Inspired by nature…
Core business: Drug development
Number of employees: 15
Inspired by nature
Aberdeen-based NovaBiotics is on the brink of a significant breakthrough in drug development – and hopefully a much-deserved return for its investors in the not-too-distant future...
According to the Chief Executive of NovaBiotics, Deborah O'Neil, the company she founded eight years ago has no products, customers or revenues – yet. But it has already attracted investments of £10 million and has completed clinical trials for a drug which could generate £1.5 billion in sales in a market worth an estimated £3 billion a year.
Novexatin® is designed to cure an ugly and painful condition that affects about 12 per cent of the world’s population: onychomycosis, or “nail fungus.”
According to O’Neil, the company is considering raising a further £10 million in funds to further progress this revolutionary new drug towards commercialisation, along with two other potential best-sellers – drugs to fight cystic fibrosis (Lynovex® now has 'orphan' approval in Europe) and candidaemia, a potentially fatal bloodstream infection. In parallel, the company is also in discussions with potential strategic pharmaceutical partners with a view to out-licensing Novexatin® and thereafter jointly developing it for the clinic.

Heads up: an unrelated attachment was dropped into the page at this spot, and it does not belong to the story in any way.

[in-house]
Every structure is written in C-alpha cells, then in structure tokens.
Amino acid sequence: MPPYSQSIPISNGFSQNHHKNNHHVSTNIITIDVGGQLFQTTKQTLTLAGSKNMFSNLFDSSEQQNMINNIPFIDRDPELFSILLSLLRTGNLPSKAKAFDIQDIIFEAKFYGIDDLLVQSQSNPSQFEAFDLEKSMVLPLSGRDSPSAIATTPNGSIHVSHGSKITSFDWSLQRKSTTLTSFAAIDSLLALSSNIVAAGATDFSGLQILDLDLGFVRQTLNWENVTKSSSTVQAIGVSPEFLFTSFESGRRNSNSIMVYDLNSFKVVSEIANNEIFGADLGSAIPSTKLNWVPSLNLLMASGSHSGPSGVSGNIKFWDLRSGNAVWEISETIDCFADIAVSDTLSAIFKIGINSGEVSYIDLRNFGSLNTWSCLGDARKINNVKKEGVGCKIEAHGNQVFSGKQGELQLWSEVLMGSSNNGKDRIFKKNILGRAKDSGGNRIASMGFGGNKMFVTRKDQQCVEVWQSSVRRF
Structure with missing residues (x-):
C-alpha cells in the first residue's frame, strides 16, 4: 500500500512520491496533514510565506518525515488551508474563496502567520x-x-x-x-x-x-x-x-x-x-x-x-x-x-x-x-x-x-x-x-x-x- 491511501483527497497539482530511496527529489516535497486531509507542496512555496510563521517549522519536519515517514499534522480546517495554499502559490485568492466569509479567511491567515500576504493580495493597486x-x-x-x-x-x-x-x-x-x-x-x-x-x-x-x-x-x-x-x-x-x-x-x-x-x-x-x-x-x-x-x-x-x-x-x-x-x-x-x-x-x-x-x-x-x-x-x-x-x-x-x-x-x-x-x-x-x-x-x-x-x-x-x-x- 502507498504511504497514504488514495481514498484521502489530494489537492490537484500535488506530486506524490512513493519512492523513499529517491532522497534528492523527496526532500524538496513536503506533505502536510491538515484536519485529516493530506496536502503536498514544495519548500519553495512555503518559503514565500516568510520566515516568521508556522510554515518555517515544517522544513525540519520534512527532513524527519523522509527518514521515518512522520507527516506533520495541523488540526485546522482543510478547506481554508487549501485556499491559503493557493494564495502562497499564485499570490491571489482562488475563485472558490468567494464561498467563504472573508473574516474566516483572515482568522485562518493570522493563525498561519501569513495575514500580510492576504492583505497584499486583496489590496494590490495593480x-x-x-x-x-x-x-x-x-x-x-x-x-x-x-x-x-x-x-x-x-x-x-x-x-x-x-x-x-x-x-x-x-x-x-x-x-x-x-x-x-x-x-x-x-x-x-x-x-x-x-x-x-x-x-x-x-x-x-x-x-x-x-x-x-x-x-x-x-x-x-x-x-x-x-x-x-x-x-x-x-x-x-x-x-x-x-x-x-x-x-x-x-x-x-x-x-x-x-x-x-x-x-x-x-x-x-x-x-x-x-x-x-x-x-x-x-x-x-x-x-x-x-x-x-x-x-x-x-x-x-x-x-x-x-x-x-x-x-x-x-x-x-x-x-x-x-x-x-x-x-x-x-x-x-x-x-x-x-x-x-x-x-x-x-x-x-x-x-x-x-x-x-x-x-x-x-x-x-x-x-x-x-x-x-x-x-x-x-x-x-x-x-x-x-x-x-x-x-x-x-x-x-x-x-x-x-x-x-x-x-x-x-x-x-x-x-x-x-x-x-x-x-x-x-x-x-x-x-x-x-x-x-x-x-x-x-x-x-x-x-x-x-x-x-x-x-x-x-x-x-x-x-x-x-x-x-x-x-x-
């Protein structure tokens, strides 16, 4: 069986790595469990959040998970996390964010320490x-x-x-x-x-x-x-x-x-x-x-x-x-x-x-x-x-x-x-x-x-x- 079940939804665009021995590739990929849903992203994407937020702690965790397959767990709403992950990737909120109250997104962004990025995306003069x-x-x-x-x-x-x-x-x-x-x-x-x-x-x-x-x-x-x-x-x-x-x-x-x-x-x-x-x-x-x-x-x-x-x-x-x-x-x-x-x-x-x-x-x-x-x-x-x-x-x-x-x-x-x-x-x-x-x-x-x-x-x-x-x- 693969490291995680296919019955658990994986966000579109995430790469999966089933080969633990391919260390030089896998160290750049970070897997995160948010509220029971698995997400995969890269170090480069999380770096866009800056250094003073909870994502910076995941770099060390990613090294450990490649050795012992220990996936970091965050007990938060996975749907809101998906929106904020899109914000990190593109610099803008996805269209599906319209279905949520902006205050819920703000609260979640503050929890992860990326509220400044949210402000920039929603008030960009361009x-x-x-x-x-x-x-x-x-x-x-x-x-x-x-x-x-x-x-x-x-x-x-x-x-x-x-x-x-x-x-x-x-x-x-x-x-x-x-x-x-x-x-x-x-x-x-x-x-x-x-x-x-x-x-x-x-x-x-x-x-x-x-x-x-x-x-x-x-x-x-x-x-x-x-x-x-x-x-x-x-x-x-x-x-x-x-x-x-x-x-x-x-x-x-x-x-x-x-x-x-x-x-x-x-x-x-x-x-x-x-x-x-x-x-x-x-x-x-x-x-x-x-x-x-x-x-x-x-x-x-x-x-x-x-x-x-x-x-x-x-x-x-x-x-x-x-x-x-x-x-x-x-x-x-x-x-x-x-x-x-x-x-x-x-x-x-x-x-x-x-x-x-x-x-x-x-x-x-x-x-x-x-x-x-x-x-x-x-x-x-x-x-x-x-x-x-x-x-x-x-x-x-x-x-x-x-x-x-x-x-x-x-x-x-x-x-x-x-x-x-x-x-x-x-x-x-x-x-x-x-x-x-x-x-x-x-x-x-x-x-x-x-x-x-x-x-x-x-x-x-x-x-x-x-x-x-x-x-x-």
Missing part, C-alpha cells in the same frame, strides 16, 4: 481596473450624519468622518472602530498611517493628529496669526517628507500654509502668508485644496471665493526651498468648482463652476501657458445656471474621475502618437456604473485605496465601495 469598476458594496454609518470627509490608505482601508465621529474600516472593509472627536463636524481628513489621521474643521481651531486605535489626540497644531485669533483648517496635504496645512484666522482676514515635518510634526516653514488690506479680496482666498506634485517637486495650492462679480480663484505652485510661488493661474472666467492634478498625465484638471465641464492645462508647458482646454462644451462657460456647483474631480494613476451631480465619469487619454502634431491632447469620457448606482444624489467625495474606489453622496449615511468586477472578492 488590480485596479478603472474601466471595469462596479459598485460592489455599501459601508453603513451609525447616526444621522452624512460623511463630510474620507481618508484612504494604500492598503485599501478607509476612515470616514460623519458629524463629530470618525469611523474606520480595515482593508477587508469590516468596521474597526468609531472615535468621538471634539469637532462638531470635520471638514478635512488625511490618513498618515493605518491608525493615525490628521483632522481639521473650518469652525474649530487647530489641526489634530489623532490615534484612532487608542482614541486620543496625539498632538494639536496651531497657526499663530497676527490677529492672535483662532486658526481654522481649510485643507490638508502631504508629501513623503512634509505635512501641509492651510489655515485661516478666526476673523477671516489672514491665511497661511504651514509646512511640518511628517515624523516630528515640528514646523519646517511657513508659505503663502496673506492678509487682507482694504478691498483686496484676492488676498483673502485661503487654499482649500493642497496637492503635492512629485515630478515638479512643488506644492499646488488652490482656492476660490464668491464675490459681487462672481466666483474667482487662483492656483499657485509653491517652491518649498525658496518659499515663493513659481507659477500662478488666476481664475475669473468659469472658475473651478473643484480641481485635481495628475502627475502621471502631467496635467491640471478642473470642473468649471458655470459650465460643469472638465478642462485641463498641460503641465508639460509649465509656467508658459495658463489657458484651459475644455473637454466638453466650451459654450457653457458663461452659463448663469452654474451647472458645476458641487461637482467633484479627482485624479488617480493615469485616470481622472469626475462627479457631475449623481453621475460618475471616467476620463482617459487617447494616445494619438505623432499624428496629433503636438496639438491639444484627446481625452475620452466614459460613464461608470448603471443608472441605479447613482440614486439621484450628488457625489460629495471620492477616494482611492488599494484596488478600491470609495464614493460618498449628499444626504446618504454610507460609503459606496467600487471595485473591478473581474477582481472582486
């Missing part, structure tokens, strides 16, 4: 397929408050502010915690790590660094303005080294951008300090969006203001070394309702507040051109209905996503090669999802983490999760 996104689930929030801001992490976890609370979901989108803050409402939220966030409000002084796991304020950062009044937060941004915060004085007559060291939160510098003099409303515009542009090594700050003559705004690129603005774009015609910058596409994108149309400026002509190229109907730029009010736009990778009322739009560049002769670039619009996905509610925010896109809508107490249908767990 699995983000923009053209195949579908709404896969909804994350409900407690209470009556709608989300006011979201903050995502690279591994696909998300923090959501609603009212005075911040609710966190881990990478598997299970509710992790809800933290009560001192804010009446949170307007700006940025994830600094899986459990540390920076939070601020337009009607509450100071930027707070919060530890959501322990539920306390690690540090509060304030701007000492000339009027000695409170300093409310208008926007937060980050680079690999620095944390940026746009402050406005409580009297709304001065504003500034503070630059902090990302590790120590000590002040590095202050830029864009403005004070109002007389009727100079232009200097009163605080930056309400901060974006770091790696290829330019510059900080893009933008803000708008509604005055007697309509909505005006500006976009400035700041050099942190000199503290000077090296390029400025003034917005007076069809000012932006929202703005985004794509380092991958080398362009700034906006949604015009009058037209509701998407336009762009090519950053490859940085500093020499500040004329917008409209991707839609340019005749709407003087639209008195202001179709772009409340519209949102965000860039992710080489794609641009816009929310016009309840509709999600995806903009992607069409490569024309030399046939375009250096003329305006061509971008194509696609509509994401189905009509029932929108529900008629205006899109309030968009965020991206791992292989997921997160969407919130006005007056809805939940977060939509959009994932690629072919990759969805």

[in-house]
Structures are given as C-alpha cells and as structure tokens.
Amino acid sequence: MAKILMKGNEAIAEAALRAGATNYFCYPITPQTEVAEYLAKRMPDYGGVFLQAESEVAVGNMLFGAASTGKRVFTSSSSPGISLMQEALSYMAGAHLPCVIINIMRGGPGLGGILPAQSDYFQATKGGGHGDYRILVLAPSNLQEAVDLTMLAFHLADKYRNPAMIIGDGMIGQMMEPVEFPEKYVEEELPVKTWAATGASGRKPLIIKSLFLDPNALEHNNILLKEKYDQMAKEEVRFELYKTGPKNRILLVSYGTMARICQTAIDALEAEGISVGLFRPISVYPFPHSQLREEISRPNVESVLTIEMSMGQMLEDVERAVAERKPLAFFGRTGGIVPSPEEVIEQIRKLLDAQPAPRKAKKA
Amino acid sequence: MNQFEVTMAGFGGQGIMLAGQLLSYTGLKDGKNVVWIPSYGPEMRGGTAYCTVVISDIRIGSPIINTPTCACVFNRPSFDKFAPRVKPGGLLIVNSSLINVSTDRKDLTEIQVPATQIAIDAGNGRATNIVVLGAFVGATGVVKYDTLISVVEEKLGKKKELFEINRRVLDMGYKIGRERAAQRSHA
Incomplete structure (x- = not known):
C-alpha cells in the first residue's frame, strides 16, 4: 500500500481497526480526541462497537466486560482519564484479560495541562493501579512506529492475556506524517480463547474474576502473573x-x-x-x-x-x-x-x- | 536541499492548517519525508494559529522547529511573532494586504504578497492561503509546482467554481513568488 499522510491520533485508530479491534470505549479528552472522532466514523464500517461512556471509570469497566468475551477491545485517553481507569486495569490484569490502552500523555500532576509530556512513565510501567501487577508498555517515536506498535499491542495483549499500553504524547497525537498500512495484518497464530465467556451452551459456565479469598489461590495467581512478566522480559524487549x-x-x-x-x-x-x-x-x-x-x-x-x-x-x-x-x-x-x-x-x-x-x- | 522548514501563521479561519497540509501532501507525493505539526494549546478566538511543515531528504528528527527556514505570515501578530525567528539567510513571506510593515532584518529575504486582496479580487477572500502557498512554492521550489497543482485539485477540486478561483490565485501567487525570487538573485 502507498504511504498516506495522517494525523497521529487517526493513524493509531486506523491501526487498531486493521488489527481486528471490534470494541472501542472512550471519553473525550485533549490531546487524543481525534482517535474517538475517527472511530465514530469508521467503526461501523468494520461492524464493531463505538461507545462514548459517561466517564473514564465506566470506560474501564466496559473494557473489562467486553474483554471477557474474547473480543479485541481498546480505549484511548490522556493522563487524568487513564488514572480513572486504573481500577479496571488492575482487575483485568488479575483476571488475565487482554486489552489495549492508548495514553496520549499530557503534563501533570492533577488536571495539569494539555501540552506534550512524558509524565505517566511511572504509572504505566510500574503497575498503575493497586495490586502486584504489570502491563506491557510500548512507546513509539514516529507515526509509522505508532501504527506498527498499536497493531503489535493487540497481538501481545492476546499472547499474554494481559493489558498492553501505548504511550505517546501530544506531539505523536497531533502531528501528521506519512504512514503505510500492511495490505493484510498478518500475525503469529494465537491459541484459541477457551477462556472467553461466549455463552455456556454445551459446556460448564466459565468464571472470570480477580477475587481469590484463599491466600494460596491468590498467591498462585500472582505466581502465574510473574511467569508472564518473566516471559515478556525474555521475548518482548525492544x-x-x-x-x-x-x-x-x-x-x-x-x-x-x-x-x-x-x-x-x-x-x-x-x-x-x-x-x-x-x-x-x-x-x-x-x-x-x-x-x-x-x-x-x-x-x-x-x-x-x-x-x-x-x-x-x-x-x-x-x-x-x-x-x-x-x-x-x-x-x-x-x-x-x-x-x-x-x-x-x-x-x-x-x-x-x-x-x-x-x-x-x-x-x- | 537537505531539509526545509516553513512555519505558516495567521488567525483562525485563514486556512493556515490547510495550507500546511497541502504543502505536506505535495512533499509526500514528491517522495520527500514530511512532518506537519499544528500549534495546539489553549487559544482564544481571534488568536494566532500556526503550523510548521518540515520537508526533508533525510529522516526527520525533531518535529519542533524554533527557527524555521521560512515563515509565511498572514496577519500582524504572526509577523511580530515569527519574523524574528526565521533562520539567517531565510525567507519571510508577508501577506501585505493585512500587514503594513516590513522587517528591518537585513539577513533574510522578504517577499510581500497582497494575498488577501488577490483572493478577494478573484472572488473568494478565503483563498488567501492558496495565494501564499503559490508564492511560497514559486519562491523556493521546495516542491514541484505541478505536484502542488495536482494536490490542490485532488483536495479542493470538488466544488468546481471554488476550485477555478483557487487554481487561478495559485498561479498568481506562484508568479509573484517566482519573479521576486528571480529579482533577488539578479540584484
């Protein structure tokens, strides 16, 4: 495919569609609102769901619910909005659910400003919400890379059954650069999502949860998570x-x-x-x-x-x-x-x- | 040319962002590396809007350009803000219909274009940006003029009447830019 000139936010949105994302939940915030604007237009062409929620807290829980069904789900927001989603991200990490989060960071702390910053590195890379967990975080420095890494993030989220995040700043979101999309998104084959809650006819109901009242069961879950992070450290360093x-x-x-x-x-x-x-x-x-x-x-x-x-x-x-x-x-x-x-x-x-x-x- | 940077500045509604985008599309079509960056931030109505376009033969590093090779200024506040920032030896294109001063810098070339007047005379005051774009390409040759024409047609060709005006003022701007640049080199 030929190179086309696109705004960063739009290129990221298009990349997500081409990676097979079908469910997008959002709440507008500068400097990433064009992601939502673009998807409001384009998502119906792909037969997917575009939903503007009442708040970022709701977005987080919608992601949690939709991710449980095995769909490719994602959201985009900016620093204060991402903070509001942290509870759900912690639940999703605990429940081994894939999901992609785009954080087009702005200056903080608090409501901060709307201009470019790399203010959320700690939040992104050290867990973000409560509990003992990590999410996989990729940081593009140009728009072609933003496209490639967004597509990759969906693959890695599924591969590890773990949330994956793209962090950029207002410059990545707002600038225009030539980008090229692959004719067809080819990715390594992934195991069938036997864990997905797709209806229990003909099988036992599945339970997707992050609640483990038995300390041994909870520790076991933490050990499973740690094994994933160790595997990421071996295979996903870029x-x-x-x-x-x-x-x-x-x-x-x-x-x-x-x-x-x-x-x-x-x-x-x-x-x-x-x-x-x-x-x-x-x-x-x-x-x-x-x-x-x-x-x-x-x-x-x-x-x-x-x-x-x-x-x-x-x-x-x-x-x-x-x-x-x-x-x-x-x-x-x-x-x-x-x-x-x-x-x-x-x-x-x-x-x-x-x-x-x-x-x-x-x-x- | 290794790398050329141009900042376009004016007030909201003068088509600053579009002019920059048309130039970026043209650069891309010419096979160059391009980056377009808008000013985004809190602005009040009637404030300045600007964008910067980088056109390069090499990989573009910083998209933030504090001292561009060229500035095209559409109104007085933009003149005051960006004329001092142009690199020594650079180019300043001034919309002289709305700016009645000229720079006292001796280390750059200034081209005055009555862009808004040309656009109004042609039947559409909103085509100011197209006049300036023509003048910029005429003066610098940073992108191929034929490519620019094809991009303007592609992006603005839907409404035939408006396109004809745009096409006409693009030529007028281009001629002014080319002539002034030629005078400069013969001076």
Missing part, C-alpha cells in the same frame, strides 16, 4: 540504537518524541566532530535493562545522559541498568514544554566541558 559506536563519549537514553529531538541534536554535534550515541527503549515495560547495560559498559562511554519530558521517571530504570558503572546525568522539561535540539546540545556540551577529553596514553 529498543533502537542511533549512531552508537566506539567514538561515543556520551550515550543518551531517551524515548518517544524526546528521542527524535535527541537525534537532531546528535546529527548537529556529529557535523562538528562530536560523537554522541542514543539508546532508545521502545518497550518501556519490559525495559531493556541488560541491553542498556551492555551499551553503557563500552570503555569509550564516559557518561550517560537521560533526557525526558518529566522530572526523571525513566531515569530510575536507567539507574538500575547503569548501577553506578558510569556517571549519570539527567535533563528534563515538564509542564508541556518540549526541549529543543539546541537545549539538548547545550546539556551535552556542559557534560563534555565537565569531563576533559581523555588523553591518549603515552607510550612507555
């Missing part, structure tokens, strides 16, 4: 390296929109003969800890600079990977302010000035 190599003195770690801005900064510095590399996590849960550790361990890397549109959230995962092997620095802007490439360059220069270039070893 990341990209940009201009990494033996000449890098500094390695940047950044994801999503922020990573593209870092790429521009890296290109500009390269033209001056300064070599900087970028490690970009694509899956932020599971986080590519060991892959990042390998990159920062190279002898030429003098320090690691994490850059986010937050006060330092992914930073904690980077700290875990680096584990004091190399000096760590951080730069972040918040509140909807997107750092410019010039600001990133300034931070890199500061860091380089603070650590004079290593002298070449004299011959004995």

As well as having various patents for Novexatin® and at least 80 other applications pending, O'Neil believes communication is essential to win the support of investors. “We have to keep them updated with all and any tangible technical progress within the company,” she says, explaining that this is important if investors are to “keep the faith” in the longer-term value of the company's platform and pipeline products – recognising that development life-cycles tend to be much longer for biotechnology than for most other sectors.
“Raising funds in this sector often feels like being on a treadmill,” says O’Neil. “Rather than moving on from Round A to Round B and so on in the traditional sense, we’ve been more focused and leaner in our financing model, but this has meant going from A to Z and round again.
“This is true for most early to mid-stage biotechnology companies and their need for cash,” she adds. “The industry model has moved on, but the majority of the investment community hasn’t caught up yet – an exception being our investors, who have stepped into the breach to support us and get us further down the development track than originally planned.”
O’Neil identifies three “key pieces of data” which investors rely on:
1 effectiveness of drug candidates over the competition and key differentiators
2 safety of the drug over competition – marketed and in development